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A stay-home New Year's Eve

After the hubbub of Christmas, slow it down for New Year's Eve and stay in with the family.

Ringing in the new year doesn't mean you have to hit the bars and the bubbly. There are plenty of family-friendly ways to celebrate and keep it low-key.

This could be the year you start a family tradition for New Year's Eve, and you may want to invite friends and neighbors to join you as well.

ACTIVITIES

Keep it simple by giving everyone a turn to share the best and funniest moments of the past year. Or if you want a more involved project, create an end-of-the-year scrapbook with your favorite highlights of the past year. Let each family member make his or her own page, as well as those involving the whole clan. Gather photos, postcards, even a year's worth of magazines to capture 2009.

Games of any variety also are a fun way to lead up to the new year. Board games, charades, cards, whatever gets the whole family involved.

DECORATIONS

Kids love goofy hats, balloons, pinatas and noisemakers. And local discount and dollar stores have plenty available for cheap. But save your sanity and avoid the confetti and streamers -- unless you really want to spend New Year's Day picking it out of your carpet.

GUEST LIST

If you want more of a party, invite other families with children around the same age to join you. Get friends and neighbors in on the fun, and keep everyone off the road. Having other adults around also offers the bonus of others to help watch and entertain the children -- and you don't have to pay for a baby sitter.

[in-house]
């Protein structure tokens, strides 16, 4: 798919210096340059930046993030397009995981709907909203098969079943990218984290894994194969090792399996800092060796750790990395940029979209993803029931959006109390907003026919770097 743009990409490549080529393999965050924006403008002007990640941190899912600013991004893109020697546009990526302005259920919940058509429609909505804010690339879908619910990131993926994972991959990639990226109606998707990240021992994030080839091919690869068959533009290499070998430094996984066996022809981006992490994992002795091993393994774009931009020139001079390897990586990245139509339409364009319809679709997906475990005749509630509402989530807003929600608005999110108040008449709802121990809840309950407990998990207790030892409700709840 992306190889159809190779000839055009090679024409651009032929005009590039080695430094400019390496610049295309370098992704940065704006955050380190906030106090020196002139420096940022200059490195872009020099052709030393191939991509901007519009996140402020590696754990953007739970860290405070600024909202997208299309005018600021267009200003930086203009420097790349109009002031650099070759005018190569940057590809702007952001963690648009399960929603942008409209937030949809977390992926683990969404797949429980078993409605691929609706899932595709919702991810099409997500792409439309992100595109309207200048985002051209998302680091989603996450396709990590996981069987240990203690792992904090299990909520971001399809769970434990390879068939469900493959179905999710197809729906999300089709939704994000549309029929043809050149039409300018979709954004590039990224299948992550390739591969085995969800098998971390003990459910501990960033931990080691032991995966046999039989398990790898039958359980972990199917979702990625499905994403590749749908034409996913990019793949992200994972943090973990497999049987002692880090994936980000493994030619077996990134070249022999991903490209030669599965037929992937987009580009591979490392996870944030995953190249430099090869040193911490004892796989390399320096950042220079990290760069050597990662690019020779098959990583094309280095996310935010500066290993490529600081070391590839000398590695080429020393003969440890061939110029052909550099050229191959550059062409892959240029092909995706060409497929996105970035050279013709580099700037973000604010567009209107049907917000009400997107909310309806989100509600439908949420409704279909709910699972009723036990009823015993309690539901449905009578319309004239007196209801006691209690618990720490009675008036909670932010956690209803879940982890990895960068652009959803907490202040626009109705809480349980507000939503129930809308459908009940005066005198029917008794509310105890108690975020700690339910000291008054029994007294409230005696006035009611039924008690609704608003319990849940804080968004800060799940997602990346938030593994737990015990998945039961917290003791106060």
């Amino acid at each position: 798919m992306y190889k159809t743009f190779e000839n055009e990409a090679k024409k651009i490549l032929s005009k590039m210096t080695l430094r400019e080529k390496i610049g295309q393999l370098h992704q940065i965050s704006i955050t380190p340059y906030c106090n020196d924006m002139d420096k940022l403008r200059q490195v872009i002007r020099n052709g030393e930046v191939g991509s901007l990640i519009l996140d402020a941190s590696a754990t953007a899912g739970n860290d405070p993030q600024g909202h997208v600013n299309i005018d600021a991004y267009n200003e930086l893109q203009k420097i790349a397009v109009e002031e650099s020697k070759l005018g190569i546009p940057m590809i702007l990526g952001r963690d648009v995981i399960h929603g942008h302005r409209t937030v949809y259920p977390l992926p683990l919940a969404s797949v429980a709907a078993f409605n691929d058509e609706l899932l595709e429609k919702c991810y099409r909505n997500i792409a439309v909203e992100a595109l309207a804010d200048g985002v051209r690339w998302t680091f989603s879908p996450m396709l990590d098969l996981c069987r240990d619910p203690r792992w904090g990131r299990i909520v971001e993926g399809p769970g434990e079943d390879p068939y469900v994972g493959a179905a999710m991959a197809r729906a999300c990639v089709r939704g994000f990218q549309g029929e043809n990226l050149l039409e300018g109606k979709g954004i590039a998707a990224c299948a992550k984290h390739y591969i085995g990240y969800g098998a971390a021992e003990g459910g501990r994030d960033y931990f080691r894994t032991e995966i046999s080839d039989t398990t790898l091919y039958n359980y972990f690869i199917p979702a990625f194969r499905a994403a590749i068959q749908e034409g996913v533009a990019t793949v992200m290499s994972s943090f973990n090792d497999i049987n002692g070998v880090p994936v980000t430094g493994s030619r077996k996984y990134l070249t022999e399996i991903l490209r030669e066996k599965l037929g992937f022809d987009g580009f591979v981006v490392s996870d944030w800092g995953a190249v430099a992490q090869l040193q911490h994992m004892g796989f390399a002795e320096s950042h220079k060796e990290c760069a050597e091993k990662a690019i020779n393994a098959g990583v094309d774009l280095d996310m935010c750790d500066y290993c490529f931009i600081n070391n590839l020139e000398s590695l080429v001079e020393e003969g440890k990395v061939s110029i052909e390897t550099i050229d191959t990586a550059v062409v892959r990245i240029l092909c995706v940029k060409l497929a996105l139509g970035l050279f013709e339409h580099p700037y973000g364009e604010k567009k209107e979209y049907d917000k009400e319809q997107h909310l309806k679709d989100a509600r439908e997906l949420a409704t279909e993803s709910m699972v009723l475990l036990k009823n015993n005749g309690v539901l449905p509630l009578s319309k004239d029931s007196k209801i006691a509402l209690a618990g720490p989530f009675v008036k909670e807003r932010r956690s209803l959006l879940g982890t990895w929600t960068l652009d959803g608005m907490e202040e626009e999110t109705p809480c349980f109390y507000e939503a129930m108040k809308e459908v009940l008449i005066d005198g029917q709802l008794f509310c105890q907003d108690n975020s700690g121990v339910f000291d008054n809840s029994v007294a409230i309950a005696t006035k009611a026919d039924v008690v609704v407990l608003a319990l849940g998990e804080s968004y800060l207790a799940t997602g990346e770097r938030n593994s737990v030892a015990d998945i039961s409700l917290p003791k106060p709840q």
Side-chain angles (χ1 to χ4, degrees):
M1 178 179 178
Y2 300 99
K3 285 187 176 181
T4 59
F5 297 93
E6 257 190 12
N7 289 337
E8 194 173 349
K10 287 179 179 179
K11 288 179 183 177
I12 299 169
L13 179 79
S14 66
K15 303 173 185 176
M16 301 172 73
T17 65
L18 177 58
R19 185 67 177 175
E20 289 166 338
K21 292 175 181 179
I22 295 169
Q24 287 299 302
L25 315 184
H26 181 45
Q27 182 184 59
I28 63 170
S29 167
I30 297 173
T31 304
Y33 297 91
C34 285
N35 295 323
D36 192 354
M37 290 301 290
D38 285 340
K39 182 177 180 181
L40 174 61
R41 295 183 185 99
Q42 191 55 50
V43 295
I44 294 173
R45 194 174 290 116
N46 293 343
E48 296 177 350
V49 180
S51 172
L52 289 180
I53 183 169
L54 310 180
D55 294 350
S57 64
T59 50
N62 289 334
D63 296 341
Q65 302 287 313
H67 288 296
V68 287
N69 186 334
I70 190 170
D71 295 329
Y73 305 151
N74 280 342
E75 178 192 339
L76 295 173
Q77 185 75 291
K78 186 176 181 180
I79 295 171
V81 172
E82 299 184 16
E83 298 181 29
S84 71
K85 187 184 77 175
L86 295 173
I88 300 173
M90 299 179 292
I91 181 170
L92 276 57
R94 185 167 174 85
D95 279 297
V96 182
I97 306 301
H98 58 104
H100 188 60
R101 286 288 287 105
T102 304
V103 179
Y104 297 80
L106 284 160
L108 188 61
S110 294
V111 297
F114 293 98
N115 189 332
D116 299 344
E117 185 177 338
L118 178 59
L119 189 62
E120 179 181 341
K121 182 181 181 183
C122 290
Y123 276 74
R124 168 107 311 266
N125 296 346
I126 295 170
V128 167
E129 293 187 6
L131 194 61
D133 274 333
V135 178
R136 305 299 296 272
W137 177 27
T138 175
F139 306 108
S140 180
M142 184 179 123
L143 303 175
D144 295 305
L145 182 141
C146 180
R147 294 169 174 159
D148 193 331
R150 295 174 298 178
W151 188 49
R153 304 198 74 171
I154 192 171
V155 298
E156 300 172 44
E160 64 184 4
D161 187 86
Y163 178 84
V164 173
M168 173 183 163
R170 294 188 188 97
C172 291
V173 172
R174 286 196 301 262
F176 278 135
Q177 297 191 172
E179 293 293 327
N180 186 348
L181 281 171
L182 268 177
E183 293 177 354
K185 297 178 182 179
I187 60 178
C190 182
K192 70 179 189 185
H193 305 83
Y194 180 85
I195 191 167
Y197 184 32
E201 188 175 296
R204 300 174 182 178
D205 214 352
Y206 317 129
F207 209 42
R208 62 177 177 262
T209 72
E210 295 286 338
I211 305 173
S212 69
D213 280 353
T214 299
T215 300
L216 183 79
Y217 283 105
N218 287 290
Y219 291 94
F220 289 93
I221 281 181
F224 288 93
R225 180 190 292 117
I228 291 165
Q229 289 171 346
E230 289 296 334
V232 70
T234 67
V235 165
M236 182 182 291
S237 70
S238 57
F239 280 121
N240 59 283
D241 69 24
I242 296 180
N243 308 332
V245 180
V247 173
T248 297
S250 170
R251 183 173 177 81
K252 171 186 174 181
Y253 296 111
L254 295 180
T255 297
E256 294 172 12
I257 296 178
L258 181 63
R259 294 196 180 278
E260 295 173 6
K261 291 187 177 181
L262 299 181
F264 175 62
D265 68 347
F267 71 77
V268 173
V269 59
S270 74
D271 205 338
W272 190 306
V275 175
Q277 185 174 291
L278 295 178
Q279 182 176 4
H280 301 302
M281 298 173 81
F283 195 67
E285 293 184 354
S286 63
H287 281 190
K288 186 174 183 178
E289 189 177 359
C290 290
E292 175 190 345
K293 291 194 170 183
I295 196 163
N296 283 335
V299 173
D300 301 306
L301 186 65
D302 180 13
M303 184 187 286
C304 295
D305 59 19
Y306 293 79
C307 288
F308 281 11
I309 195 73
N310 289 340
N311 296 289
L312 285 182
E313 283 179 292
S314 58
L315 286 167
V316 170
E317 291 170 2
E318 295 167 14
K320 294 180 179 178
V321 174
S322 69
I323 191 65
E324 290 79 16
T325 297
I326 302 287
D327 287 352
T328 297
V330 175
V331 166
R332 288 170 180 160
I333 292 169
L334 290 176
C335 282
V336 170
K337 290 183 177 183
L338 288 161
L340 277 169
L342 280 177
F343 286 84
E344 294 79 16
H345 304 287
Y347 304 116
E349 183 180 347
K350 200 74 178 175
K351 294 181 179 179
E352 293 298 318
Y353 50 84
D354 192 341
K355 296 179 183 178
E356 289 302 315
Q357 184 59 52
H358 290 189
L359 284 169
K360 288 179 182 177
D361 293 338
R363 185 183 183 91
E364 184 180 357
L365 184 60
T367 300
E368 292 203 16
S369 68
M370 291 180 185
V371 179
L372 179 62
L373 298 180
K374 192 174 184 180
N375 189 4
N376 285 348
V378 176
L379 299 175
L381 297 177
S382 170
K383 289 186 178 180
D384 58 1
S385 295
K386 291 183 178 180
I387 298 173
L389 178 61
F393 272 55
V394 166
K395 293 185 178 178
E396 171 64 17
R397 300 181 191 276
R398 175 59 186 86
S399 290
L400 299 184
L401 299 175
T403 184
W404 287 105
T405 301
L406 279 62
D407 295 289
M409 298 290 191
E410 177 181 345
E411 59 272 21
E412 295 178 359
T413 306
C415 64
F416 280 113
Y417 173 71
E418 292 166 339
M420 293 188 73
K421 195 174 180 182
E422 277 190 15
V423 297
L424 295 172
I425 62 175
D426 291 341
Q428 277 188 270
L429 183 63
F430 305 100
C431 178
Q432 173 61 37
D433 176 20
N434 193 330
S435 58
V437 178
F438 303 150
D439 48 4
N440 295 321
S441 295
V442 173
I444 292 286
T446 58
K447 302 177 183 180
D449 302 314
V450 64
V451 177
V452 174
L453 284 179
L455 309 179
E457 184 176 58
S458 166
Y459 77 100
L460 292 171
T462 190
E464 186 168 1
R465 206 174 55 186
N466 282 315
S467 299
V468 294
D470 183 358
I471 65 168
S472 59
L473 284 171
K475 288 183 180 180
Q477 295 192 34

FOOD AND DRINKS

Keep the party alcohol-free (at least until the kids go to bed). Add 1-inch Jell-O squares in red, blue and purple to a plastic champagne flute of ginger ale or 7-Up for a festive treat. Or pour sparkling cider.

Take-and-bake pizzas and heavy appetizers will keep everyone going throughout the night. Kids love finger foods, so don't mess with a fancy sit-down dinner. For dessert, create a make-your-own sundae bar with tubs of ice cream, fudge, whipped cream, the works.

If you're hosting a large gathering, a potluck is the cheapest and easiest way to go. And what a great way to unload all those leftover Christmas cookies.

THE MAIN EVENT

When you have little ones at home, keeping them up until midnight to ring in the New Year can be exhausting; even more so if your kids still get up at 5 a.m. no matter what time they went to bed the night before. So set the clocks forward and let the wee ones whoop it up when "midnight'' strikes -- at a respectable 9 or 10 p.m.

After the youngsters celebrate and get tucked into their sleeping bags, the parents have a good two to three hours to celebrate in their own way.

THE MORNING AFTER

If the party turns into a sleepover, even better -- no drinking and driving, please. When everyone gets up the next morning, cook up a huge breakfast and watch the 121st Rose Parade.

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